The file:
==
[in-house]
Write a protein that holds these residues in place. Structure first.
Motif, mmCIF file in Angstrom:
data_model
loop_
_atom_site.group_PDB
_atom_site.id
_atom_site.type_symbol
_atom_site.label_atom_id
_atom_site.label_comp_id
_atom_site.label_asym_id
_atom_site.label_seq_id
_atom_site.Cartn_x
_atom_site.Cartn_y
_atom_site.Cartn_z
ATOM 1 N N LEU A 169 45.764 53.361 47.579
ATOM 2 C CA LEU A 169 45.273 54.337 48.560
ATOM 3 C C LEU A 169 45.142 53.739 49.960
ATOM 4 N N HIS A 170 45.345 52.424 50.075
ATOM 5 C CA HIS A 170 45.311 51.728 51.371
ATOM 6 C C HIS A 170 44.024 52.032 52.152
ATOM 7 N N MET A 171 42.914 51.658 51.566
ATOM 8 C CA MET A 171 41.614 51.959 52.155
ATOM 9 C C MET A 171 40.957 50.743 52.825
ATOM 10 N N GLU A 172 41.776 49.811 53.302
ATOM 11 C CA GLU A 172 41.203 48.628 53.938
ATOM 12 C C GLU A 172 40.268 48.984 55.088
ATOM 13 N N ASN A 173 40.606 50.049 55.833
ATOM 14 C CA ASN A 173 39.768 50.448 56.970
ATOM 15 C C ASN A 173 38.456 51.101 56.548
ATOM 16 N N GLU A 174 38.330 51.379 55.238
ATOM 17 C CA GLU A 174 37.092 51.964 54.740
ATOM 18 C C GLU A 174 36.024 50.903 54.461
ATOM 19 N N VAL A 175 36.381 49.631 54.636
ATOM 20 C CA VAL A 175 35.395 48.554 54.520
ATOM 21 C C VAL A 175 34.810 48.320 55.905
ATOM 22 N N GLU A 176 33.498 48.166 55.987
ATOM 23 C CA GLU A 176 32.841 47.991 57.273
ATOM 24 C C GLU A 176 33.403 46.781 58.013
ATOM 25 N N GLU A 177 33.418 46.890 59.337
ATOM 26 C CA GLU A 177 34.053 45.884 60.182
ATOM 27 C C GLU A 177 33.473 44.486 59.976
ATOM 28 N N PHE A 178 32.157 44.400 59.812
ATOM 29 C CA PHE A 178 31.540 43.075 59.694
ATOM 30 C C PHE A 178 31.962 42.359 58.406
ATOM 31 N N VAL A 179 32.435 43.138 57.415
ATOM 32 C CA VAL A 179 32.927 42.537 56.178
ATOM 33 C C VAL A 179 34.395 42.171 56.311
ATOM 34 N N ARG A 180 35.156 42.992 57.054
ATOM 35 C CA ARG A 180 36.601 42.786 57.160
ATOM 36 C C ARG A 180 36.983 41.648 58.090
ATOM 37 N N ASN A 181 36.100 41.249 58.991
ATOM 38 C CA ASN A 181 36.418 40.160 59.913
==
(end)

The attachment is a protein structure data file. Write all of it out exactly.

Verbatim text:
[in-house]
Write a protein that holds these residues in place. Structure first.
Motif, mmCIF file in Angstrom:
data_model
loop_
_atom_site.group_PDB
_atom_site.id
_atom_site.type_symbol
_atom_site.label_atom_id
_atom_site.label_comp_id
_atom_site.label_asym_id
_atom_site.label_seq_id
_atom_site.Cartn_x
_atom_site.Cartn_y
_atom_site.Cartn_z
ATOM 1 N N LEU A 169 45.764 53.361 47.579
ATOM 2 C CA LEU A 169 45.273 54.337 48.560
ATOM 3 C C LEU A 169 45.142 53.739 49.960
ATOM 4 N N HIS A 170 45.345 52.424 50.075
ATOM 5 C CA HIS A 170 45.311 51.728 51.371
ATOM 6 C C HIS A 170 44.024 52.032 52.152
ATOM 7 N N MET A 171 42.914 51.658 51.566
ATOM 8 C CA MET A 171 41.614 51.959 52.155
ATOM 9 C C MET A 171 40.957 50.743 52.825
ATOM 10 N N GLU A 172 41.776 49.811 53.302
ATOM 11 C CA GLU A 172 41.203 48.628 53.938
ATOM 12 C C GLU A 172 40.268 48.984 55.088
ATOM 13 N N ASN A 173 40.606 50.049 55.833
ATOM 14 C CA ASN A 173 39.768 50.448 56.970
ATOM 15 C C ASN A 173 38.456 51.101 56.548
ATOM 16 N N GLU A 174 38.330 51.379 55.238
ATOM 17 C CA GLU A 174 37.092 51.964 54.740
ATOM 18 C C GLU A 174 36.024 50.903 54.461
ATOM 19 N N VAL A 175 36.381 49.631 54.636
ATOM 20 C CA VAL A 175 35.395 48.554 54.520
ATOM 21 C C VAL A 175 34.810 48.320 55.905
ATOM 22 N N GLU A 176 33.498 48.166 55.987
ATOM 23 C CA GLU A 176 32.841 47.991 57.273
ATOM 24 C C GLU A 176 33.403 46.781 58.013
ATOM 25 N N GLU A 177 33.418 46.890 59.337
ATOM 26 C CA GLU A 177 34.053 45.884 60.182
ATOM 27 C C GLU A 177 33.473 44.486 59.976
ATOM 28 N N PHE A 178 32.157 44.400 59.812
ATOM 29 C CA PHE A 178 31.540 43.075 59.694
ATOM 30 C C PHE A 178 31.962 42.359 58.406
ATOM 31 N N VAL A 179 32.435 43.138 57.415
ATOM 32 C CA VAL A 179 32.927 42.537 56.178
ATOM 33 C C VAL A 179 34.395 42.171 56.311
ATOM 34 N N ARG A 180 35.156 42.992 57.054
ATOM 35 C CA ARG A 180 36.601 42.786 57.160
ATOM 36 C C ARG A 180 36.983 41.648 58.090
ATOM 37 N N ASN A 181 36.100 41.249 58.991
ATOM 38 C CA ASN A 181 36.418 40.160 59.913